Up until the end of 2018, Spurs were having the best season ever. Despite the fact that they are still playing Home games at Wembley, having several injury problems to Kane, Alli and not having a central midfield, they have managed to grind out win after win. It seems that after perhaps over performing the first half of the season to keep up with the top 2, they have regressed to the level that you would expect them to be in terms of points. Spurs are comfortably behind City and Liverpool but better than the rest in recent seasons, and the table now reflects that.

It has really only been the last 4 games that has clawed Spurs back, losing to Burnley and Southampton really only being the terrible unexpected results. But surround that with a loss to Chelsea and a lucky draw to Arsenal, two rivals for the top 4 and 1 point out of 12 will stop any team in their tracks.

Looking forwards, Spurs have still got to play away to the top 2, so could have a huge influence on where the title goes. But these aren’t the games that they should be worrying about. Moving into a new stadium midway through a season isn’t the norm and considering they have 5 winnable home games left, how well they settle into New White Hart Lane will determine whether they comfortably remain in 3rd or make things hard for themselves and rely on the rest faltering too.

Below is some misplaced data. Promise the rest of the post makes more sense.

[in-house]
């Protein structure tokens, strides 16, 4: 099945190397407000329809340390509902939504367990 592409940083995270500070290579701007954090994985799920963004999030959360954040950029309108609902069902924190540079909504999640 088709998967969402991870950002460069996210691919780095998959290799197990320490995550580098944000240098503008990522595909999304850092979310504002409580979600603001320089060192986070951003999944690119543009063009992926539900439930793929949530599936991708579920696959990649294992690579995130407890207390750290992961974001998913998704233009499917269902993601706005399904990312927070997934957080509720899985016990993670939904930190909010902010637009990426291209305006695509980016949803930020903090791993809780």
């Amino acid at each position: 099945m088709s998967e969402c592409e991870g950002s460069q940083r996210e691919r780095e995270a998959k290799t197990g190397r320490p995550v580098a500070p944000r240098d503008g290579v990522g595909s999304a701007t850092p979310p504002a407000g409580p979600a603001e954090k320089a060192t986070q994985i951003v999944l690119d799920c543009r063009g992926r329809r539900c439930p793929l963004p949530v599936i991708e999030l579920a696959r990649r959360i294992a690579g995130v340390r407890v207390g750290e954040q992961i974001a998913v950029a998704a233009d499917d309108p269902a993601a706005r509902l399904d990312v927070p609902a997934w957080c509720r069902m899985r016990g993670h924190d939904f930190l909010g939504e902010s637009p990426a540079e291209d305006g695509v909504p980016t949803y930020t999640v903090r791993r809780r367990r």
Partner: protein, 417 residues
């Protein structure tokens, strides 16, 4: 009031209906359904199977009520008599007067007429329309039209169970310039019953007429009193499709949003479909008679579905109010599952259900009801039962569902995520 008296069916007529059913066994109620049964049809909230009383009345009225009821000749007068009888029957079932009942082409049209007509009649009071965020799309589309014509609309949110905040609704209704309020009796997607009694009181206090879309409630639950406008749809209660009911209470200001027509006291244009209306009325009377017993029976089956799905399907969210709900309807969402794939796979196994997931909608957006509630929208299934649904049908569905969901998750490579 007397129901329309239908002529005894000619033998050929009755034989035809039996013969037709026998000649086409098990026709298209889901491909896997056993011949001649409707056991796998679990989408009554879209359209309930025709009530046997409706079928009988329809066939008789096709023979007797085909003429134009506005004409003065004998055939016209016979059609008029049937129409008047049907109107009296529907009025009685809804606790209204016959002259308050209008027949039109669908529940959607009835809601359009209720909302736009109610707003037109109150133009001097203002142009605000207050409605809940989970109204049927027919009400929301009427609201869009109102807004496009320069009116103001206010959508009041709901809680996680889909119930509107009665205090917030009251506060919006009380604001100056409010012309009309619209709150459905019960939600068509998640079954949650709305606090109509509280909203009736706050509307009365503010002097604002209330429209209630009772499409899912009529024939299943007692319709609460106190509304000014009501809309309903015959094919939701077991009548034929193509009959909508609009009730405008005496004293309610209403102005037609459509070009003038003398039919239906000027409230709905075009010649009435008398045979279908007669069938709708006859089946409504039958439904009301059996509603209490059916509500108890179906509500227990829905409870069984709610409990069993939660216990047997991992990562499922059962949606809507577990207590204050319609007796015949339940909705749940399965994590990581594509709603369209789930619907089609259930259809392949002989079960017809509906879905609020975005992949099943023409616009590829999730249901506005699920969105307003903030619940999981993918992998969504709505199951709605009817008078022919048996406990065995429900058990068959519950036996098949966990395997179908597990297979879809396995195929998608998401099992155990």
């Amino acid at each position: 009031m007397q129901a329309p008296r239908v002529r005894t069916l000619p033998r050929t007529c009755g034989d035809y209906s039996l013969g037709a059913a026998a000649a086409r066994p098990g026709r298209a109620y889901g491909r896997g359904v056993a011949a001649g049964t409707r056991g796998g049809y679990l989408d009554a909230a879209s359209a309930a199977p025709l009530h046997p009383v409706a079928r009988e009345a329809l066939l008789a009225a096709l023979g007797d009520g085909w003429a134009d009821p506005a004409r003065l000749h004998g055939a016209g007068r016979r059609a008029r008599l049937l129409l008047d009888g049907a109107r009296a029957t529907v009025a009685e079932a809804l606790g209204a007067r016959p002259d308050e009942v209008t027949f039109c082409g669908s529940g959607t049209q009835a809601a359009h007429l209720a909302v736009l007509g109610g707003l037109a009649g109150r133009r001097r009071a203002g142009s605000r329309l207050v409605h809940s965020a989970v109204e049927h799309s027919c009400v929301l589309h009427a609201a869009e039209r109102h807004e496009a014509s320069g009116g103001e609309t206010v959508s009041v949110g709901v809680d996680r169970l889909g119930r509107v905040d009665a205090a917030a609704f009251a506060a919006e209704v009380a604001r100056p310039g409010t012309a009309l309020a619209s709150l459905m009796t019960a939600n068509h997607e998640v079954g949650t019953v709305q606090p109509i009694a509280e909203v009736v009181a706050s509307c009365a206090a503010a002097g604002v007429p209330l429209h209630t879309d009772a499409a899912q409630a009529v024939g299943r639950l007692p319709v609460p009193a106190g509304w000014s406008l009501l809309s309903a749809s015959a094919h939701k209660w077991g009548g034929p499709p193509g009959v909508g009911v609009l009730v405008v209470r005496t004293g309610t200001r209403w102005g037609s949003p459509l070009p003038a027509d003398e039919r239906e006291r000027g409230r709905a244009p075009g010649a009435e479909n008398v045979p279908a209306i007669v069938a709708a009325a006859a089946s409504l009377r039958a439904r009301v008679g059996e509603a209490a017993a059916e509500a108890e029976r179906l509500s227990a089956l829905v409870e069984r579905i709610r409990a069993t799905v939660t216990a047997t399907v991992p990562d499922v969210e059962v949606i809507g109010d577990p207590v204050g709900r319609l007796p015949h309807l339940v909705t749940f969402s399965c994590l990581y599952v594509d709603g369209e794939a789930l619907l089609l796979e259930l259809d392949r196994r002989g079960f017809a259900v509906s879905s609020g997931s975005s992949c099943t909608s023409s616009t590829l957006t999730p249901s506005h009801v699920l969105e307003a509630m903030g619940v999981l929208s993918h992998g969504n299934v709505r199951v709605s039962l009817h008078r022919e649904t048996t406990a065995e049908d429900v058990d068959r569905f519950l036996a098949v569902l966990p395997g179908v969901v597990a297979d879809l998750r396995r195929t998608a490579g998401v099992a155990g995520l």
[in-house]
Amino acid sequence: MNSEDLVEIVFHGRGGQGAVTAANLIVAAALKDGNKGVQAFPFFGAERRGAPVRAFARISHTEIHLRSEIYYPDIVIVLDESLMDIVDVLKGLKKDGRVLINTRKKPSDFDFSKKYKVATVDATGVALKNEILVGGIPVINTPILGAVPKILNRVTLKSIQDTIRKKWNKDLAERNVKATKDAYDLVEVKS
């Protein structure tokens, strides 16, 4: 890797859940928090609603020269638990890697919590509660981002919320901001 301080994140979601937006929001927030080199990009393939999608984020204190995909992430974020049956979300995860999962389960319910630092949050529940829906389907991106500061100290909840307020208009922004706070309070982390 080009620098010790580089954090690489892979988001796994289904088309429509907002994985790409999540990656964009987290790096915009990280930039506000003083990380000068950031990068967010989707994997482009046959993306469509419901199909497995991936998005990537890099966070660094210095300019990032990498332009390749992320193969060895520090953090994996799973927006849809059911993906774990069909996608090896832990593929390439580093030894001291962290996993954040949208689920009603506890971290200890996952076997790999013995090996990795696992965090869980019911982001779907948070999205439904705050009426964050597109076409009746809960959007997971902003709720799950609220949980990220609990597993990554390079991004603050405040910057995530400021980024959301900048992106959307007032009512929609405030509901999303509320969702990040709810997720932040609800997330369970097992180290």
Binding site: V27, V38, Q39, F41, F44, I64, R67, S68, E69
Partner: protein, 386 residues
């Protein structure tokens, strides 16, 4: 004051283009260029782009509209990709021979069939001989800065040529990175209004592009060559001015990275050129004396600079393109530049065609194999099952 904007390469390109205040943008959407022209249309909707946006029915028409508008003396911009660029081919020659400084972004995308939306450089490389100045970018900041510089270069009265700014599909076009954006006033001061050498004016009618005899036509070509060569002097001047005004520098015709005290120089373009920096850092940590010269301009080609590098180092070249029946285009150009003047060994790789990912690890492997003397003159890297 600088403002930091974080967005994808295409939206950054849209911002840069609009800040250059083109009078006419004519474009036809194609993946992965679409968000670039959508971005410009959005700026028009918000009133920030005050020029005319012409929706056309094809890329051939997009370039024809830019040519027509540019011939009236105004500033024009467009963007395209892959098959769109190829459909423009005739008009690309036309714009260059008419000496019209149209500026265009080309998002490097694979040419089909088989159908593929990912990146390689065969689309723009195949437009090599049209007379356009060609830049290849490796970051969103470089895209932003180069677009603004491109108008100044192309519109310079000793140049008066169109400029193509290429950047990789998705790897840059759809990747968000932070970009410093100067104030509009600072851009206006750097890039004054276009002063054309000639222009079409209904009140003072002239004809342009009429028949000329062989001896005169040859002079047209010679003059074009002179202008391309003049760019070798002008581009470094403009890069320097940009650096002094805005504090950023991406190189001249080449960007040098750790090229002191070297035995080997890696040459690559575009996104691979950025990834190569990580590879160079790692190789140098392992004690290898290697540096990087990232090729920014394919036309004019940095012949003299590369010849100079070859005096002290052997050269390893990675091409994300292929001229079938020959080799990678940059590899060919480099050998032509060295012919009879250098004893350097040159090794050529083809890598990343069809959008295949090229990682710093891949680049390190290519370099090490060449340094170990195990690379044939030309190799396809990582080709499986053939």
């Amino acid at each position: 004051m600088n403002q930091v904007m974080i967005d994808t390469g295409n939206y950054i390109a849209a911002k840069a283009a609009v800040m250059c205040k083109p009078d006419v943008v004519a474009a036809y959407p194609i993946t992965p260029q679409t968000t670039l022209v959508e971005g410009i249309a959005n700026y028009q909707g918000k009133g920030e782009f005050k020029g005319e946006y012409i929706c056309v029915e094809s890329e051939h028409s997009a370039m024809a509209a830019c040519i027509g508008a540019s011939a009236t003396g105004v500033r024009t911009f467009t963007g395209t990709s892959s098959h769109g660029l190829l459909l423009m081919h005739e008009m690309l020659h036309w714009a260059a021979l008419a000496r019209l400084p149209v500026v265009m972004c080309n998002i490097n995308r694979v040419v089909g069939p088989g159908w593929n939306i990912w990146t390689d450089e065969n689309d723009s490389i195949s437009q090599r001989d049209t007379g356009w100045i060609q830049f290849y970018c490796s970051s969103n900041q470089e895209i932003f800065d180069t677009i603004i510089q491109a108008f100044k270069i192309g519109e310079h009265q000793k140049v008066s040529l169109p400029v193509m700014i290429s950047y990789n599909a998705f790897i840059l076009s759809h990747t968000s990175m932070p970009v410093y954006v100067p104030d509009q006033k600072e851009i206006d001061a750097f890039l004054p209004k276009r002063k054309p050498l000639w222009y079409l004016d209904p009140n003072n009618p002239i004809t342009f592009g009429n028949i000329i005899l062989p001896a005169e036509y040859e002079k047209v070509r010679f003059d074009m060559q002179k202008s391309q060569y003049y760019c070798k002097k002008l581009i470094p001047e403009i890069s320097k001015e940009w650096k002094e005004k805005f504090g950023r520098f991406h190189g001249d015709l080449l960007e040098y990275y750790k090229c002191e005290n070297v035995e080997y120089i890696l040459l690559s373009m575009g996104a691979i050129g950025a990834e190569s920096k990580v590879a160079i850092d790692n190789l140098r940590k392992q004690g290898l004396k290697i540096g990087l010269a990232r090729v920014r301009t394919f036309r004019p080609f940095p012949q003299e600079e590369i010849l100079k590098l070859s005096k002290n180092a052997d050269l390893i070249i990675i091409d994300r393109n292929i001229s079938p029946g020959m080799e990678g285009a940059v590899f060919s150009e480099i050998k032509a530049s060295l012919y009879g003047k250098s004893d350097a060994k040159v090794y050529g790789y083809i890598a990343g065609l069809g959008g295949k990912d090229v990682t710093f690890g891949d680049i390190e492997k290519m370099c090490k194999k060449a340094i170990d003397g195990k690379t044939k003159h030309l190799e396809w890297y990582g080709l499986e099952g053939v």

Still in the Champions League, however they face Manchester City in the quarters so wouldn’t rely on that too heavily.

Arsenal:

So far, the first season without Arsene Wenger hasn’t gone as bad as it could have, they have always been comfortably a top 6 team but it was still a question whether they would be able to challenge for top 4. They seem to be one of the most polarizing teams when playing home or away this season. The last time they didn’t win a home game was in November and the last time they won an away game that wasn’t Huddersfield was in November. Arsenal at the Emirates are a completely different beast to otherwise.

In 2019, they’ve won all 6 of their home games but only 1 out of 4 away games (v Huddersfield). Admittedly drawing away to Spurs and deserving to win and losing away to Manchester City isn’t anything to be ashamed of, but losing to West Ham isn’t great. Recent form has been fantastic as a result, you know what you’ll get with Arsenal at home and anything could happen away.